FDA/JIFSAN’s First Train-the-Trainer Program in Good Fishing Vessel Practices (GFvP) and Seafood HACCP Inspections in Goa is a Success

The first FDA/JIFSAN train-the-trainer program in Good Fishing Vessel Practices (GFvP) and Seafood HACCP Inspections was held in Goa, India September 16-20, 2013. The program was a great success, with 26 participants representing the Export Inspections Council (EIC), the Central Institute of Fisheries Technology, the Kerala State Co-op Federation for Fisheries Development Ltd., and other members of the seafood processing industry.

The five-day program focused on risk control in the harvesting and processing of wild fishery products and was administered by a training team including Brett Koonse, Vi Au, Mark Farrell, Rupa Pradhan, Dipesh Sha (FDA), and Thomas Rippen (JIFSAN).

After a general overview of HACCP, risks, and considerations in GFvP on day one, participants conducted their first group exercise. Group exercises were included each day and allowed participants the opportunity to explore, discuss, and apply what they learned in that session.  Throughout the remaining days, policies and procedures in GFvP were discussed. Participants learned HACCP regulations, inspection, cleaning, sanitation, and hazard control procedures on day 2 and were given the opportunity to present in groups on the exercise they completed.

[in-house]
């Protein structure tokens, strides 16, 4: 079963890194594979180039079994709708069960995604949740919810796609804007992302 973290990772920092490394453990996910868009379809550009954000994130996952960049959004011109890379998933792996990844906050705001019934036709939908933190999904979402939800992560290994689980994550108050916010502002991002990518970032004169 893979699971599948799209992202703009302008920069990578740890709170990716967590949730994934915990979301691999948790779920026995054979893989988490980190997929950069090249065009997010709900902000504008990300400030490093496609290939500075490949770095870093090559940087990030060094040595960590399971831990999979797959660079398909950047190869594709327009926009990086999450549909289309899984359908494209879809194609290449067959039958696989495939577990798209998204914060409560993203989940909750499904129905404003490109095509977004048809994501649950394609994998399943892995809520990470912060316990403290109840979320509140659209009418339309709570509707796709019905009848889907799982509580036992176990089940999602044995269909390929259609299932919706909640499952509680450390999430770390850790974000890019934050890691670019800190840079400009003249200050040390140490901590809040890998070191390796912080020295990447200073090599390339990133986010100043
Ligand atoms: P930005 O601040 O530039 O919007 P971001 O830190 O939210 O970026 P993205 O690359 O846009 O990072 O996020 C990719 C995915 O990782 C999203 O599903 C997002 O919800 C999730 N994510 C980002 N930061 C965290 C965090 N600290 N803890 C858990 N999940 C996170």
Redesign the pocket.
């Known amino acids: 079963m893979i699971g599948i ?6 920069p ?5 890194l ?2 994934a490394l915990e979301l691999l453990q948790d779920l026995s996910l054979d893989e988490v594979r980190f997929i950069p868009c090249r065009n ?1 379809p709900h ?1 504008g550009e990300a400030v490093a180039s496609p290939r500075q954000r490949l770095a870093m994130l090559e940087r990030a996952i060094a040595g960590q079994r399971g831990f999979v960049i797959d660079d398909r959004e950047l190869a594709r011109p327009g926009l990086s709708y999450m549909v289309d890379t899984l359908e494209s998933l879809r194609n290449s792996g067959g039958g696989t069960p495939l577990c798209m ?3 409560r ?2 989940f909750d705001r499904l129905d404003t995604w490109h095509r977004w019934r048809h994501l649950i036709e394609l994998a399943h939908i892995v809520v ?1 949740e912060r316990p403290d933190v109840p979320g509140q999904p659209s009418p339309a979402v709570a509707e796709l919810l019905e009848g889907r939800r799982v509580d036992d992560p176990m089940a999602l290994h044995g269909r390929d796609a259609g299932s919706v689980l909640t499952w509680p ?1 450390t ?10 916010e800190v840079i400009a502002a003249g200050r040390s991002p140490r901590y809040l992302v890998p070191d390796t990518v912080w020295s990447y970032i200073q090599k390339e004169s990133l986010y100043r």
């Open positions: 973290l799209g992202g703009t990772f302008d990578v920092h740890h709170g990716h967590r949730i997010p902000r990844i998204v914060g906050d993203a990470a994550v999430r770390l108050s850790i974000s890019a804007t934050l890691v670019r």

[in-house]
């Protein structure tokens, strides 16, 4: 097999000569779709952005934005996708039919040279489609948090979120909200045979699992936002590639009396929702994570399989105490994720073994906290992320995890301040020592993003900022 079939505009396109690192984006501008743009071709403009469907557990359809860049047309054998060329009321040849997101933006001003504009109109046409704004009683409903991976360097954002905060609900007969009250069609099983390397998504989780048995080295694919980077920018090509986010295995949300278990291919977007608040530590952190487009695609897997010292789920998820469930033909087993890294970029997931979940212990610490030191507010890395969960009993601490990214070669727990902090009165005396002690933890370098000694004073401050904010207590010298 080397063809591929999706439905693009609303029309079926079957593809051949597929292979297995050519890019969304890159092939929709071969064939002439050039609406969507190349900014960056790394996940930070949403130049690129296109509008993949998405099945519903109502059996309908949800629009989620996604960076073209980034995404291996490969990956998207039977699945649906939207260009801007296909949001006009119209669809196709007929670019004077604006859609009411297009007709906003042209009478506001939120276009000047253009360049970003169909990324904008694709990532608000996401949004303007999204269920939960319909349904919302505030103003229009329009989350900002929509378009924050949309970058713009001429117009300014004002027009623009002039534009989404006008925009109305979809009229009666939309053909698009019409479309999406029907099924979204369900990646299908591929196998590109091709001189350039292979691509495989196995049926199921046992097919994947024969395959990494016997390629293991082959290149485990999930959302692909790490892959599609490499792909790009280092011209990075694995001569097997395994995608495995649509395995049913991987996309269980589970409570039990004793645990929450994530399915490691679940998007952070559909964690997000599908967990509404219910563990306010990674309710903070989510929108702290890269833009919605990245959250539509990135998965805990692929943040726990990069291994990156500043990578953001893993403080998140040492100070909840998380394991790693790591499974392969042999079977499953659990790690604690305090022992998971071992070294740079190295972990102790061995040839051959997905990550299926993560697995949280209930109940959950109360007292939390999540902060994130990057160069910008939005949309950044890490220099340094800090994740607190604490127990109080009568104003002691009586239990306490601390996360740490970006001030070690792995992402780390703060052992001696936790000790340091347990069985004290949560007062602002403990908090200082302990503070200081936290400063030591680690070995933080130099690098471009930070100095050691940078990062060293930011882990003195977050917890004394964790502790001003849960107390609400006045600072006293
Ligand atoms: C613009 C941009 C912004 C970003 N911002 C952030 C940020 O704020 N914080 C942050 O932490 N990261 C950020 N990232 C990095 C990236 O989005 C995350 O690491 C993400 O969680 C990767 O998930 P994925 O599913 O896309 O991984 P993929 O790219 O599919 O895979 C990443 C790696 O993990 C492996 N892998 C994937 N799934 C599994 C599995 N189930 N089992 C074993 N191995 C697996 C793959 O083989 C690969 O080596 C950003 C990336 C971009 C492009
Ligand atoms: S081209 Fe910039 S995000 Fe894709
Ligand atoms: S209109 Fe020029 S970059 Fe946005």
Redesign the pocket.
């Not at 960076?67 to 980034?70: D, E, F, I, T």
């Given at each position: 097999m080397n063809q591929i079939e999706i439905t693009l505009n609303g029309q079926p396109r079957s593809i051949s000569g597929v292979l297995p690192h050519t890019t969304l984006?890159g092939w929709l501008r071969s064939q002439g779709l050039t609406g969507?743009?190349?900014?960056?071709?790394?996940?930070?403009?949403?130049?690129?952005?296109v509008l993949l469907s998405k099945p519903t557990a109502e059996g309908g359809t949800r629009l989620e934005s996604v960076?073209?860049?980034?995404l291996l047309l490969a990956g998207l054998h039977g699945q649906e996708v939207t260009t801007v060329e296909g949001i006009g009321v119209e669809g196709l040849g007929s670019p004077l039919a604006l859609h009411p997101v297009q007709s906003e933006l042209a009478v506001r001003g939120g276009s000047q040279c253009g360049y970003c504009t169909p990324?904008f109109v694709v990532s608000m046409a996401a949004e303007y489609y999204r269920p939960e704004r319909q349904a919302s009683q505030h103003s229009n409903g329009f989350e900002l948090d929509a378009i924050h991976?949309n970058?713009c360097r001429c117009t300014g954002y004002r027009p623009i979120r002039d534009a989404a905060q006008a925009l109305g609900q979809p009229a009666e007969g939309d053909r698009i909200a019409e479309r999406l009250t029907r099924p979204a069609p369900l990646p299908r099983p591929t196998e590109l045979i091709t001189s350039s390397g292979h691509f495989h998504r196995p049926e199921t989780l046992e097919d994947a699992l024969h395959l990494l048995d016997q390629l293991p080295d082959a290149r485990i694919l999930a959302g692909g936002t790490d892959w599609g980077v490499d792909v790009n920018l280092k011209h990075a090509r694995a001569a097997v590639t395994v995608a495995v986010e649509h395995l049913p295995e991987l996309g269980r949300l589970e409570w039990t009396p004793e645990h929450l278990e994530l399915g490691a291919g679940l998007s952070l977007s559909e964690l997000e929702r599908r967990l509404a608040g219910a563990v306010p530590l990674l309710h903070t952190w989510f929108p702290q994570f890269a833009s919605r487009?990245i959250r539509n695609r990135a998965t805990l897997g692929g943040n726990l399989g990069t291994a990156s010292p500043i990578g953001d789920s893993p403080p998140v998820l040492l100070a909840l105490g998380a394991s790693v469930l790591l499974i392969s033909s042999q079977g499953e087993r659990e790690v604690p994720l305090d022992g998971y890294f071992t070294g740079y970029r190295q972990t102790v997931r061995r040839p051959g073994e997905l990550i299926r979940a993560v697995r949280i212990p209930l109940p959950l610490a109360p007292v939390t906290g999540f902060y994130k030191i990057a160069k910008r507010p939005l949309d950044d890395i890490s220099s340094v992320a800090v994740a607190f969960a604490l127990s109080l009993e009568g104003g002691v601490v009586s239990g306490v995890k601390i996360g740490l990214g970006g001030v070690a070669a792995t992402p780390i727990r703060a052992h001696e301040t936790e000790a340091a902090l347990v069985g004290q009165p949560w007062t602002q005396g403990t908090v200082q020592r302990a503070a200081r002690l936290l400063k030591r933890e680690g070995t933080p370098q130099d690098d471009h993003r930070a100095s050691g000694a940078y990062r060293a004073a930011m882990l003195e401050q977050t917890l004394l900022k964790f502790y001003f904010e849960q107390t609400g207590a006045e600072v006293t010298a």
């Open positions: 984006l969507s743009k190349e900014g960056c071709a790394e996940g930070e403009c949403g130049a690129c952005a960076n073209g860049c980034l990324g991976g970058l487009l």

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A highlight of the train-the-trainer programs is a mid-week field trip. Participants in the GFvP training visited a fish processing plant and a landing center in order to apply their knowledge and assess the strategies being implemented at these centers. The following day included presentations on US FDA policies and operations, as well as the strategies used in India’s seafood export practices. The final day involved student presentations on their observations from the fish processing plant and landing center field trips.

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Feedback from the participants indicated that the program was highly successful, and follow-up will occur after 6-12 months to identify if participants have begun to practice GFvPs and improved on-shore HACCP/SSOP practices, and if so, what challenges they face. A notable strength of this new program is the applied format and hands-on experiences, which were shown to be helpful for making connections between classroom material and implementation of procedures.